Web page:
*SPOILERS FOR GIRL IN THE BLUE COAT BY MONICA HESSE*
1.5 million children were killed in the holocaust. Millions more were at risk of being killed. Girl In The Blue Coat is a fictional story about the Holocaust. Hanneke is a young Jewish girl who works for the black market. One day a client of hers asks her to find a Jewish girl who mysteriously disappeared from a safe haven. Her name is Mirjam and if she if found, she will be sent to a concentration camp. She is faced with the decision of keeping her family safe, or helping a young girl avoid a dangerous situation.
One idea that Hesse incorporated into this book was courage. Hanneke has to find the courage inside of herself to help her client. She doubts her abilities and she doesn't want to risk her family’s safety. “What outcome does she think I can deliver? I wouldn't know where to start” (Hesse 27). Hanneke decides that if she could find things for the black market then she already had a better chance of finding Mirjam than anyone else. She also reasons that if Mrs. Janssen asked others to help her, she would be putting herself and Hanneke in more danger. I like how Hesse continued this
theme of courage throughout the whole book because it allowed Hanneke to take more risks. Hesse teaches me that true courage is when you sacrifice yourself for others. Hanneke had true courage because she did this for Mrs. Janssen.
Hesse also continued the theme of hope . “All the contingencies we couldn't anticipate are running through my head as I think of how slender the plan is that we’ve rested all our hopes on” (Hesse 233). Hesse incorporated many different situations in which everything could go wrong in Hanneke’s plan to rescue Mirjam. Hanneke and her friends stayed hopeful throughout the whole process and I admire this aspect of the book. When Hanneke tells Mrs. Janssen that the girl she was pursuing had died, Mrs. Janssen is devastated. Hanneke then finds out that the girl she had been pursuing was Amalia, Mirjam’s best friend. They had switched identities so that Mirjam could stay safe. With no clue at all where the real Mirjam could be Hanneke remains hopeful, as did Mrs. Janssen. We learn here that keeping hope is definitely not an easy task. Surround yourself with people that you love and care about because those people will be your support system and help you stay hopeful.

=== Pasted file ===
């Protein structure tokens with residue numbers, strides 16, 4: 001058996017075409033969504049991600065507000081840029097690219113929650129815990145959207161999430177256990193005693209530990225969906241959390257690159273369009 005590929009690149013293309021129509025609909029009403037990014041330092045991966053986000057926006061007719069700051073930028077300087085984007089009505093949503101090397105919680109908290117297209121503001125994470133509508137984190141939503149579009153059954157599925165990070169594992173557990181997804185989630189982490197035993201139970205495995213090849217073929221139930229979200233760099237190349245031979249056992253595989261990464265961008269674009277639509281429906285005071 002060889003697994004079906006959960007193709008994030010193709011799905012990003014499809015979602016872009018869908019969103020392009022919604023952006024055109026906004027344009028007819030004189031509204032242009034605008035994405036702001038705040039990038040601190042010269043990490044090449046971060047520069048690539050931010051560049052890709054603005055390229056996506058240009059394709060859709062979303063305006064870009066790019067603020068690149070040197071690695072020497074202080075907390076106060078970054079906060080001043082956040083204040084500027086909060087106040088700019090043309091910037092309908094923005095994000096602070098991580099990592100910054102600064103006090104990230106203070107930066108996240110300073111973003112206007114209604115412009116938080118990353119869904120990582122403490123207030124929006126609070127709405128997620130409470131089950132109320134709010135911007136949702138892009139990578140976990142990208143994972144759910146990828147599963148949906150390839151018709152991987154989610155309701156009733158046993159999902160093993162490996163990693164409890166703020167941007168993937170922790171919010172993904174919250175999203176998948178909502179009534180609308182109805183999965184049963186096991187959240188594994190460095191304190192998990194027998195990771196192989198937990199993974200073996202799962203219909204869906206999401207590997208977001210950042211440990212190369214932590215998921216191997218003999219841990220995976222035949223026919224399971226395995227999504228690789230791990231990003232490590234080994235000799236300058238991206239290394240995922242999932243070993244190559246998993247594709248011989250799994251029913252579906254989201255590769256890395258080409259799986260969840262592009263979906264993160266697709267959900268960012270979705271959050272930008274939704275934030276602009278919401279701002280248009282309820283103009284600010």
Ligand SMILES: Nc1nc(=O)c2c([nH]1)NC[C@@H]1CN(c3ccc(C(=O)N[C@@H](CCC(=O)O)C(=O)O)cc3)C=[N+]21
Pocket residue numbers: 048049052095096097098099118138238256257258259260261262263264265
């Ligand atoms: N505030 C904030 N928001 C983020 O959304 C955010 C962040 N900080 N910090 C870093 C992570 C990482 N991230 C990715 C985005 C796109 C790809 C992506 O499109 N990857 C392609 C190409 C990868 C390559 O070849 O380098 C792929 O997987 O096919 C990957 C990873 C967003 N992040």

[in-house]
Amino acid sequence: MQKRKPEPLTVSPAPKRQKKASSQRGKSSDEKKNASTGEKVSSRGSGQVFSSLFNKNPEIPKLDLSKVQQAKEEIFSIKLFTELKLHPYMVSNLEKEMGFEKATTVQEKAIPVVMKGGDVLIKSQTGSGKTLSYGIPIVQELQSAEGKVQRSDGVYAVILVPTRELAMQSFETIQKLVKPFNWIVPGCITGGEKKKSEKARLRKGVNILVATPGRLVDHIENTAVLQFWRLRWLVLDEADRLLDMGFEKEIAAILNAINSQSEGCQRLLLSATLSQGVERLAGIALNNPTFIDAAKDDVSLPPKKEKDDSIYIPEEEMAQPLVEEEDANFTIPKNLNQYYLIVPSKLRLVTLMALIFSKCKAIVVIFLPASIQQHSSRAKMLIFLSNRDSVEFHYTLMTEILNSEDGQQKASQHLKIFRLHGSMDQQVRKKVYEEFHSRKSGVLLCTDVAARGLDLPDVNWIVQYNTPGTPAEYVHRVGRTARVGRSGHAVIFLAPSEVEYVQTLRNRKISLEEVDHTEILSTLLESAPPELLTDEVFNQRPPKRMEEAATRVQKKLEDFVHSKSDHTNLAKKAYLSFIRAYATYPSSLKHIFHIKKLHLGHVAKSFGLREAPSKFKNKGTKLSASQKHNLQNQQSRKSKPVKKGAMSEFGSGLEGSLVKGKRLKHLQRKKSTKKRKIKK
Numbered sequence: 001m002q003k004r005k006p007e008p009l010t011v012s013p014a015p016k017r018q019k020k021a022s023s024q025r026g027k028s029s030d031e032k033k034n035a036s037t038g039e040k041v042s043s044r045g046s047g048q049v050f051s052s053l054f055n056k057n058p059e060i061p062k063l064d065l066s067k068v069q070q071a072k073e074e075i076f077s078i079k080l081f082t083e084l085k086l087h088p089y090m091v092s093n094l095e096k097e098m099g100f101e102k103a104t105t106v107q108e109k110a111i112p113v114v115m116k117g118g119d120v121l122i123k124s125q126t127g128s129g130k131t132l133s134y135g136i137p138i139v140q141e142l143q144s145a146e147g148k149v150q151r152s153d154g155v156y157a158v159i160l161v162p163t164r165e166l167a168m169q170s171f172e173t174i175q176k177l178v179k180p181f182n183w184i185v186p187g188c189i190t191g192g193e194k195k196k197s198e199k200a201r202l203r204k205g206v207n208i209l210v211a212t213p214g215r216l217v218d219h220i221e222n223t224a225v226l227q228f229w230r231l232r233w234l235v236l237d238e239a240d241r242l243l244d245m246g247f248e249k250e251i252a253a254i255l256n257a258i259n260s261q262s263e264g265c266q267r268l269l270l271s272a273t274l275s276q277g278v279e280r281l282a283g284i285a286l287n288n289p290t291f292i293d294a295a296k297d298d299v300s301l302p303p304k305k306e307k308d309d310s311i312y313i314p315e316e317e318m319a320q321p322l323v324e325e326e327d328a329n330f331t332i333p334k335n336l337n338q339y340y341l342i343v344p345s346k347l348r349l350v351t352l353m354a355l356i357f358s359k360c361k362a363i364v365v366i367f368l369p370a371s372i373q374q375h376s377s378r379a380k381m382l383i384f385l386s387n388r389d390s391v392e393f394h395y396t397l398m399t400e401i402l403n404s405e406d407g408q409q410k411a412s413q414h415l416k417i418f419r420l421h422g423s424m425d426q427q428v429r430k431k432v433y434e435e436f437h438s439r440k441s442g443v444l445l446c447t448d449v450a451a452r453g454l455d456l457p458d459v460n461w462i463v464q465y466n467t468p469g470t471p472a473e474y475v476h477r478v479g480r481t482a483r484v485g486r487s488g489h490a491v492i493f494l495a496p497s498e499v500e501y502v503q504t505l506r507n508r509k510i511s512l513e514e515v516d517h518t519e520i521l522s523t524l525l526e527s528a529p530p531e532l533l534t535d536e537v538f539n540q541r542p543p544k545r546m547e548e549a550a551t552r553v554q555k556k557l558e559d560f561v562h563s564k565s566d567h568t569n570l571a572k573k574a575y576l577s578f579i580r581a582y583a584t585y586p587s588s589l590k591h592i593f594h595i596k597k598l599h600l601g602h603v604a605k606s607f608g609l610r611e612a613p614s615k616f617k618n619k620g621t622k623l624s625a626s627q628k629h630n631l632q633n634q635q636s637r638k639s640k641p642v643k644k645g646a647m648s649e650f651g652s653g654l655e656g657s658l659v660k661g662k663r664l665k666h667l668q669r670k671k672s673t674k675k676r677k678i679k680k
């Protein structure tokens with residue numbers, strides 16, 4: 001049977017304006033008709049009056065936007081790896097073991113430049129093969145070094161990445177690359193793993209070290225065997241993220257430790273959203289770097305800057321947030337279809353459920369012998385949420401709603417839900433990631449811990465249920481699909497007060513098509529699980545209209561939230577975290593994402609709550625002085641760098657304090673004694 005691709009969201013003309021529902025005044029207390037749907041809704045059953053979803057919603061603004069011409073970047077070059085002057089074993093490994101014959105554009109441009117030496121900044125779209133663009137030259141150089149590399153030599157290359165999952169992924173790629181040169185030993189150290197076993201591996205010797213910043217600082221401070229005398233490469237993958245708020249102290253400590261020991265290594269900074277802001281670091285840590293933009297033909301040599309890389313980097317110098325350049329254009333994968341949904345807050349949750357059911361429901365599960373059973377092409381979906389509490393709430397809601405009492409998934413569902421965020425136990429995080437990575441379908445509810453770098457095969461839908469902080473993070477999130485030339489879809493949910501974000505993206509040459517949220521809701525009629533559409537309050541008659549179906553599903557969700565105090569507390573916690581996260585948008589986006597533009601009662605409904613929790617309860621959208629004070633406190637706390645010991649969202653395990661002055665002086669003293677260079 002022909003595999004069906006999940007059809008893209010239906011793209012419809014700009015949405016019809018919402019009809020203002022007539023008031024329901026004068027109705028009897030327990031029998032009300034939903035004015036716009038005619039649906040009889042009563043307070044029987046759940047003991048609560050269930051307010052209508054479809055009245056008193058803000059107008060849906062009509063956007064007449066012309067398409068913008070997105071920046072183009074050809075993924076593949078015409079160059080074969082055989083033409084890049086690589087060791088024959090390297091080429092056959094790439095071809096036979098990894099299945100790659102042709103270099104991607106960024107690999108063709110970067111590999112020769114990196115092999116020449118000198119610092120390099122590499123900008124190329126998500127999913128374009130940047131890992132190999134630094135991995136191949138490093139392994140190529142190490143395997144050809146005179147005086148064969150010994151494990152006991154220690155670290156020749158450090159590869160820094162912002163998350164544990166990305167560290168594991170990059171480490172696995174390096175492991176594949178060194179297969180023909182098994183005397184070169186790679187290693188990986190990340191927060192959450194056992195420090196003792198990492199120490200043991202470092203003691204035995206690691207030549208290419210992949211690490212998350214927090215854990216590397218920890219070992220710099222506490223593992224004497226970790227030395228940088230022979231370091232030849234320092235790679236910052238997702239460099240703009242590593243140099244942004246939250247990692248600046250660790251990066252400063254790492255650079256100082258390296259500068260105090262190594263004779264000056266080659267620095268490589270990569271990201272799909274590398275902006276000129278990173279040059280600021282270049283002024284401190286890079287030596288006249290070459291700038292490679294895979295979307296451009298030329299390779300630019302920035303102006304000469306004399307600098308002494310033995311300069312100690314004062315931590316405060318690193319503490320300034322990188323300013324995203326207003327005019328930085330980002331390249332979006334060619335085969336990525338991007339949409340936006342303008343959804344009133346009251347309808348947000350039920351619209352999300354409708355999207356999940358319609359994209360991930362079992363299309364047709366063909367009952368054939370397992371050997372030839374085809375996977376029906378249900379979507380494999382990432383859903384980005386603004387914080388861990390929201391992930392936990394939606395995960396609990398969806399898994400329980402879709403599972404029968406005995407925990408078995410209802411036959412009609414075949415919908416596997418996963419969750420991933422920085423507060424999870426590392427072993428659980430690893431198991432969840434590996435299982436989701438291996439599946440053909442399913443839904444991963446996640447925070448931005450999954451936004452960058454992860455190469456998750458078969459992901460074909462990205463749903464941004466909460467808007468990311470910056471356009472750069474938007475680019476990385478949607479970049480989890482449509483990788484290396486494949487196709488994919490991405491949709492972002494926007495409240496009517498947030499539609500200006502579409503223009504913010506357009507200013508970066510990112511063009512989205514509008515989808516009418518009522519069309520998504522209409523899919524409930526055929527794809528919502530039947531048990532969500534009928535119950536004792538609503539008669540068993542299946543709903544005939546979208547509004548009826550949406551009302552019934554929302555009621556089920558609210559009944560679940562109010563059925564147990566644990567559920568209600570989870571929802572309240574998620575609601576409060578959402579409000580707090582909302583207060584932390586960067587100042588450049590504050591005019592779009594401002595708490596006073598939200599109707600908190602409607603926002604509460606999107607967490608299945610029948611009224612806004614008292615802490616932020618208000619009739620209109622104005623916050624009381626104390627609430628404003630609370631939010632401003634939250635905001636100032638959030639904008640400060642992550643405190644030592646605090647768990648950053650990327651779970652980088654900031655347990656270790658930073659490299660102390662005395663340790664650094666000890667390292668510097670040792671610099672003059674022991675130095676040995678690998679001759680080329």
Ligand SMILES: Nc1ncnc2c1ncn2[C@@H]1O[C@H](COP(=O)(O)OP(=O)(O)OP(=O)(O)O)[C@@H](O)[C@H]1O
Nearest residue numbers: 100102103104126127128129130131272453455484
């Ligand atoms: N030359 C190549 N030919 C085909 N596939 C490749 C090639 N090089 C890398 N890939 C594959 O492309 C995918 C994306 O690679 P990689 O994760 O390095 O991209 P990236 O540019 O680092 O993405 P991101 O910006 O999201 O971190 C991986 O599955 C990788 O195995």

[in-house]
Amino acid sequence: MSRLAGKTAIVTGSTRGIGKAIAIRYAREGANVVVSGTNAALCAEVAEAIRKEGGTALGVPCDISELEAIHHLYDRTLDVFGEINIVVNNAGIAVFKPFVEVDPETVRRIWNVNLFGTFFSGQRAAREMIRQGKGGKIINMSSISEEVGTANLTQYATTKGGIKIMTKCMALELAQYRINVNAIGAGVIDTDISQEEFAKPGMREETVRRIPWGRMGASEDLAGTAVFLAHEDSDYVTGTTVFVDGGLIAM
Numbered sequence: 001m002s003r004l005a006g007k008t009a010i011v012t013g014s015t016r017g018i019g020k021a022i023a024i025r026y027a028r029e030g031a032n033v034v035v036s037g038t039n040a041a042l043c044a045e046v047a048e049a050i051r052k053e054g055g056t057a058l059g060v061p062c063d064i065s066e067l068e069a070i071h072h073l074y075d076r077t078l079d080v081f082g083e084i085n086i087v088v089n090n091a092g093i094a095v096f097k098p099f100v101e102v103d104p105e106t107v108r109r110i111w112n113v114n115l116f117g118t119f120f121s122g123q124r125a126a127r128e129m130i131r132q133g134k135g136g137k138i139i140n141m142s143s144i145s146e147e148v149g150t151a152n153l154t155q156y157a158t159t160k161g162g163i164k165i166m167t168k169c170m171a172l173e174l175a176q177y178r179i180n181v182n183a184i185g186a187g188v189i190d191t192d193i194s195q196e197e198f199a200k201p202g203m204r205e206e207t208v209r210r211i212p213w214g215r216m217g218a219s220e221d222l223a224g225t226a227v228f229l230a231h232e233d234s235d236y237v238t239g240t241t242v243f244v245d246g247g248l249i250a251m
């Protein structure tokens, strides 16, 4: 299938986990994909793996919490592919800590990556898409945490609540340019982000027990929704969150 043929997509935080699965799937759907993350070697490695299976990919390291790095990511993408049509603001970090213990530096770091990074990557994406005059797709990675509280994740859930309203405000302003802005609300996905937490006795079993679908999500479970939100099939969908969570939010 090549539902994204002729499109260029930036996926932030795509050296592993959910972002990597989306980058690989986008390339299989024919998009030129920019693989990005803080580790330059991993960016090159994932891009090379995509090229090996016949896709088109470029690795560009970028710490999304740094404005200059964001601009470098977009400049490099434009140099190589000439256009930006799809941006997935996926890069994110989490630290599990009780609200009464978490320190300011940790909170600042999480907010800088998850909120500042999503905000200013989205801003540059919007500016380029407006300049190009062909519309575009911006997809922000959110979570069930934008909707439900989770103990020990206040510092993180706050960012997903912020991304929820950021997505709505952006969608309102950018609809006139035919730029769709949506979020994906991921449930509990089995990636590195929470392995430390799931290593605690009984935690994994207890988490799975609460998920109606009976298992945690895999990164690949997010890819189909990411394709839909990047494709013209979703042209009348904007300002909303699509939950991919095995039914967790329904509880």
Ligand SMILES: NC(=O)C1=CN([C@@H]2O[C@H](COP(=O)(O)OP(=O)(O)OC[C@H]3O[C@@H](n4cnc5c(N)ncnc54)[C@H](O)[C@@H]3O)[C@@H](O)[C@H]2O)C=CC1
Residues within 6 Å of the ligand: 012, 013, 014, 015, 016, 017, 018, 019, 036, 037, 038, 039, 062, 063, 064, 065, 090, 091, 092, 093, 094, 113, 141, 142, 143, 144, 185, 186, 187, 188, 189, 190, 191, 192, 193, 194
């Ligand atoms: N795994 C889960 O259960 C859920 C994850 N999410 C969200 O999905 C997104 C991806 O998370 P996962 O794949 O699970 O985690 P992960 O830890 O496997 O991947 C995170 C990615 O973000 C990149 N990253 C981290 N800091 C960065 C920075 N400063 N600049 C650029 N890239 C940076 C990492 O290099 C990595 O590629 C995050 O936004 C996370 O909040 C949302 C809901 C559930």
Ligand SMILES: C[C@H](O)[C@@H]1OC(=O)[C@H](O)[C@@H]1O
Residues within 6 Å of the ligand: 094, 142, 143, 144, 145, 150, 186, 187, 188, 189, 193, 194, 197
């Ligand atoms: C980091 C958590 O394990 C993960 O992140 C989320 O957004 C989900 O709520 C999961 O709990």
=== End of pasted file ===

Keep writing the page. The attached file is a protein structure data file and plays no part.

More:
Suffering also played a key role in Hanneke helping Mrs. Janssen find Mirjam. Through her friends, she found out that Mirjam (Amalia at the time) was at a deportation center. Hanneke was so determined to find Mirjam, she conned her way into the center. “Hordes of people are kept in there for days with almost no working toilets” (Hesse 109). Hesse uses great imagery at this point. She describes the smells and the surroundings in the deportation center. She does a fantastic job of bringing the reader into the moment and makes it feel like we are there watching the horrors Hanneke is experiencing. When you make choices in life that put you into poverty, and you start to suffer, you will have done that to yourself. You still deserve help, but when someone else makes you suffer for no ethical reason that is when it is too much. Hesse teaches me about this unethical suffering.
Hesse did a great job of entering these key concept of suffering, hope, courage, along with a minor component of the book friendship. Overall, Monica Hesse did a wonderful job with her imagery and details. I loved the book and all the plot twists.
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